The Guardian Examines China’s One-Child Policy
The Guardian examines China's one-child policy and its impact. The newspaper writes that "the description of the system as a 'one-child policy' is misleading. Most married women in China have the chance to bear two offspring, but the entitlement to breed beyond a solitary child is determined by a complex set of rules" and factors. In fact, the policy's "countless adjustments over the past 30 years have created a mind-bogglingly complex system that touches on everything from contraception and sterilization to pensions and tax incentives," according to the Guardian. The newspaper notes that "across all of China, the government claims there would be more than 300 million more children without the family planning policy" and that "the nation's population is forecast to peak around 2030," leading "many [to] say the family planning policy had outlived its usefulness." It also describes the policy's effects in Henan Province, which "claims some of the greatest successes in taming demographic growth through its family planning policies" (Watts, 10/25).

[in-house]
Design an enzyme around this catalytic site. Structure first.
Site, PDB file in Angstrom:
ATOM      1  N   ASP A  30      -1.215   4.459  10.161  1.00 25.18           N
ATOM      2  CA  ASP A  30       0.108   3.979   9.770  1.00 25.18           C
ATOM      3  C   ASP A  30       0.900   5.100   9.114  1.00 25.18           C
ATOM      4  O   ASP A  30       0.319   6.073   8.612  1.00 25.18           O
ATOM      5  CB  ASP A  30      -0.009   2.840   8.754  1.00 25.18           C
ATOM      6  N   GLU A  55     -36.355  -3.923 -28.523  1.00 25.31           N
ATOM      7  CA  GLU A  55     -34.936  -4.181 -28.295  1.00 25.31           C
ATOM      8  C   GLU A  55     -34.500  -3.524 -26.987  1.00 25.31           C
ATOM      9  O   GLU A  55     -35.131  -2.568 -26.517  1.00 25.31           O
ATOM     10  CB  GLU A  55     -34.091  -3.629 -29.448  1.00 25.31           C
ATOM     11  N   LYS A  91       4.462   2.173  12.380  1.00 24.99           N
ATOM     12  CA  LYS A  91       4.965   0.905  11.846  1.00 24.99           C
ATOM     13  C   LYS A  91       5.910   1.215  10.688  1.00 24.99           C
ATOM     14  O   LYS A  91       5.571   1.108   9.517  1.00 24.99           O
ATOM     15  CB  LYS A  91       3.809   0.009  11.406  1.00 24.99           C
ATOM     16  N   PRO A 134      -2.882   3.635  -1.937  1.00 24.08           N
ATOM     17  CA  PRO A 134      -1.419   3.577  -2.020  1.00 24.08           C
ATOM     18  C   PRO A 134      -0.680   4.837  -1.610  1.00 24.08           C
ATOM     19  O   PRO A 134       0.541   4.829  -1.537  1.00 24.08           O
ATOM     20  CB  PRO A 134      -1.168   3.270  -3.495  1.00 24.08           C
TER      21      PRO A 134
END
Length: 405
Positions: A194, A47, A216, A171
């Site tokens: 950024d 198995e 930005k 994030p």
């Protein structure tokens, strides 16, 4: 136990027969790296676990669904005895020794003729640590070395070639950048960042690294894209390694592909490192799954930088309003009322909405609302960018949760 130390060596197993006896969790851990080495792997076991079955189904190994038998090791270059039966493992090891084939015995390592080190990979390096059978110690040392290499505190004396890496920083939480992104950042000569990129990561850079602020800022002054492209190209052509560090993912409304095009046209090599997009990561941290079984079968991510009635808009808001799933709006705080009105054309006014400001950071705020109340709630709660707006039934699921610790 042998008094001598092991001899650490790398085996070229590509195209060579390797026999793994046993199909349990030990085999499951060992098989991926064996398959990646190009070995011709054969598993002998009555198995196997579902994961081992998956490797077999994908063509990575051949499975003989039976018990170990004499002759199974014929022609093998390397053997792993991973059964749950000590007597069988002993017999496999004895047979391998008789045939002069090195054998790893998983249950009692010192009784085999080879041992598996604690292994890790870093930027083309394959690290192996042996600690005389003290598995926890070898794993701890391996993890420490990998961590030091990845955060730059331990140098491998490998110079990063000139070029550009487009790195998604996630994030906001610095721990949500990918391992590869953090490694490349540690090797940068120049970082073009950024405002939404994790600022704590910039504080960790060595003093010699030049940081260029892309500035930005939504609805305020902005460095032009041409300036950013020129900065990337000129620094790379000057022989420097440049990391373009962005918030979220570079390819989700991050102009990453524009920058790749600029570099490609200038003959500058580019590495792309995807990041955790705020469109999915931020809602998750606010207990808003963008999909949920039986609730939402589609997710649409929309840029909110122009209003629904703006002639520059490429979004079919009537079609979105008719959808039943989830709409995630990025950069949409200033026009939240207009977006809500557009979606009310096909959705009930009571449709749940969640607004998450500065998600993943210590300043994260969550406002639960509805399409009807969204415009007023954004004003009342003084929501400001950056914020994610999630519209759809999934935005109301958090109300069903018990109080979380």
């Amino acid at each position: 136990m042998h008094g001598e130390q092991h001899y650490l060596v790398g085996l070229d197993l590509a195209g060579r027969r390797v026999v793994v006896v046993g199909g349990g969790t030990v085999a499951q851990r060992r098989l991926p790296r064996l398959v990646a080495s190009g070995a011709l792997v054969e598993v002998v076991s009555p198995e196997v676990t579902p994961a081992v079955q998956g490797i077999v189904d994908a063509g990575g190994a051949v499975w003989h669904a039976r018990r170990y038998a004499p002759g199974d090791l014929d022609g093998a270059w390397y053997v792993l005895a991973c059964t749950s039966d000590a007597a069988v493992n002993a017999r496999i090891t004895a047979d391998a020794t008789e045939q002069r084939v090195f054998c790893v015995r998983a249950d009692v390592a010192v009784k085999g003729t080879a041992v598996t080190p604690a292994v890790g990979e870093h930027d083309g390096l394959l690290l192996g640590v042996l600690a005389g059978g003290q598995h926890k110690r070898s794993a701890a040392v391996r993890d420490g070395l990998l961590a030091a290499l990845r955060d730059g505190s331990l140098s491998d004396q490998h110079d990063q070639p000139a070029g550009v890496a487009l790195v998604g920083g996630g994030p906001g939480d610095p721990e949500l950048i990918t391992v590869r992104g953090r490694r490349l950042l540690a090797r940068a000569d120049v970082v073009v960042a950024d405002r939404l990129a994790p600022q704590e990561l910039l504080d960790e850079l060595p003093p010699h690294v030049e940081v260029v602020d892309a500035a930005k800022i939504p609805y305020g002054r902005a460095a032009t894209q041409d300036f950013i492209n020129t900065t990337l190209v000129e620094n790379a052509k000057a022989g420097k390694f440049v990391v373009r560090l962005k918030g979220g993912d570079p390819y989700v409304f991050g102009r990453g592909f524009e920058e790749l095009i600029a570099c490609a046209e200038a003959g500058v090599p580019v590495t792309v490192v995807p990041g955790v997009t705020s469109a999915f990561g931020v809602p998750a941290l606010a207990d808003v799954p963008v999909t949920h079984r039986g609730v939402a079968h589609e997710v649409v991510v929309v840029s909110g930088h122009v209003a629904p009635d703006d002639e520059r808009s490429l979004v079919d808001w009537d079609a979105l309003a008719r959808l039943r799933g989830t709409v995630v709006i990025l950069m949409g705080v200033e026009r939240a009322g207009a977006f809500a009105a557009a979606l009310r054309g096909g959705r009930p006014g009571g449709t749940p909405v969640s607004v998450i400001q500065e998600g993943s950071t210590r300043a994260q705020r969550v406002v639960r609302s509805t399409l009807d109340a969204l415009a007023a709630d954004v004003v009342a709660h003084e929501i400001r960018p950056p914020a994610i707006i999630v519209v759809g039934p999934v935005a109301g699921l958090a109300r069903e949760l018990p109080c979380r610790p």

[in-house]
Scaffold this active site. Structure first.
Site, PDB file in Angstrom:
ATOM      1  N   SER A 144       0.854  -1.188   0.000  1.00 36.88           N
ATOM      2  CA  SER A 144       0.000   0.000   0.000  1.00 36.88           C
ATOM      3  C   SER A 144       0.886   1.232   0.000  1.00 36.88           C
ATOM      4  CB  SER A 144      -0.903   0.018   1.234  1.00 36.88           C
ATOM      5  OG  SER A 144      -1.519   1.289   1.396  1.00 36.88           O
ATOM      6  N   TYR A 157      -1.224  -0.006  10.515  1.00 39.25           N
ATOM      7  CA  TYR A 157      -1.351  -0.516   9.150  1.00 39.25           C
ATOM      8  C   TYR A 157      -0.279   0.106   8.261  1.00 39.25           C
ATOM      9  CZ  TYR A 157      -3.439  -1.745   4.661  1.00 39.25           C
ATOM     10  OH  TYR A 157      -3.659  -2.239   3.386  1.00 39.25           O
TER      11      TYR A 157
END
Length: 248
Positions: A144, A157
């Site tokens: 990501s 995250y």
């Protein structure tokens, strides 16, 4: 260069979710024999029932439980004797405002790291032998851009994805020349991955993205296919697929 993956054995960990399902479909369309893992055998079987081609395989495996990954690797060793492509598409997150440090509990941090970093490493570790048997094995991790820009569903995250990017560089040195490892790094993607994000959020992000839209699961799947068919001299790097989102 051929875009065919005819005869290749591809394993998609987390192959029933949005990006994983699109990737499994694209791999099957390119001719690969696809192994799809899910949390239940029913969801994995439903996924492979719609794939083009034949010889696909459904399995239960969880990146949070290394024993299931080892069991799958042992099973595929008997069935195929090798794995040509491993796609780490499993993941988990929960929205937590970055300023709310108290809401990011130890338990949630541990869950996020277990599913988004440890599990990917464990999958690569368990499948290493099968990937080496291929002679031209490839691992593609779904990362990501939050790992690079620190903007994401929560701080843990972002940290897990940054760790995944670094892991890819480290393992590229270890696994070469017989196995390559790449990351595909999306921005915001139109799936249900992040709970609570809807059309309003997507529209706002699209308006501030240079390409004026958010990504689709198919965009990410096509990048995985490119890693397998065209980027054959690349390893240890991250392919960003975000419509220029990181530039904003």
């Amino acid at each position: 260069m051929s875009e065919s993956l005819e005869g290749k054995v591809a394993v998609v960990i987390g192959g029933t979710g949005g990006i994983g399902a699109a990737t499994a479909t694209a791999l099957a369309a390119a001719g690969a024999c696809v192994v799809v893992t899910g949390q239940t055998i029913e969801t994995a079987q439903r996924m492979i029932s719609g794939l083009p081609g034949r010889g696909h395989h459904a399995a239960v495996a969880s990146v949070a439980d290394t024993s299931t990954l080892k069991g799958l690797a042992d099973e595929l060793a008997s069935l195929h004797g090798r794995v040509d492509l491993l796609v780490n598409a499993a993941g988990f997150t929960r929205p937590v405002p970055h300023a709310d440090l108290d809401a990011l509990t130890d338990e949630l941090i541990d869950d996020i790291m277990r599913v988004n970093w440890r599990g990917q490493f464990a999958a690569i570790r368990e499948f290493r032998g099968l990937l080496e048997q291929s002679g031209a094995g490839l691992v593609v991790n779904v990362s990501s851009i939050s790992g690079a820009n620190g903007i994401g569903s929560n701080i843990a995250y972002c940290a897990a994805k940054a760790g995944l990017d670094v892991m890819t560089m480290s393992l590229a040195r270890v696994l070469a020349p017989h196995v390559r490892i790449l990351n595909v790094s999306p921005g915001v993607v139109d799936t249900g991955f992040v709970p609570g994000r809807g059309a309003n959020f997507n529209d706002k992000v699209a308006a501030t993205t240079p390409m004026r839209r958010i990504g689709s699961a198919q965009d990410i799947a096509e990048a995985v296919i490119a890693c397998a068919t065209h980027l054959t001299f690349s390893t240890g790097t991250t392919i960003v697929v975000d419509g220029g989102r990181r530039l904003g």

In a separate article, the newspaper writes that reports from some other provinces in the country of "heavy-handed tactics and coercion by officials have turned one-time champions against the policy” (Watts, 10/25).This is part of the KHN Morning Briefing, a summary of health policy coverage from major news organizations. Sign up for an email subscription.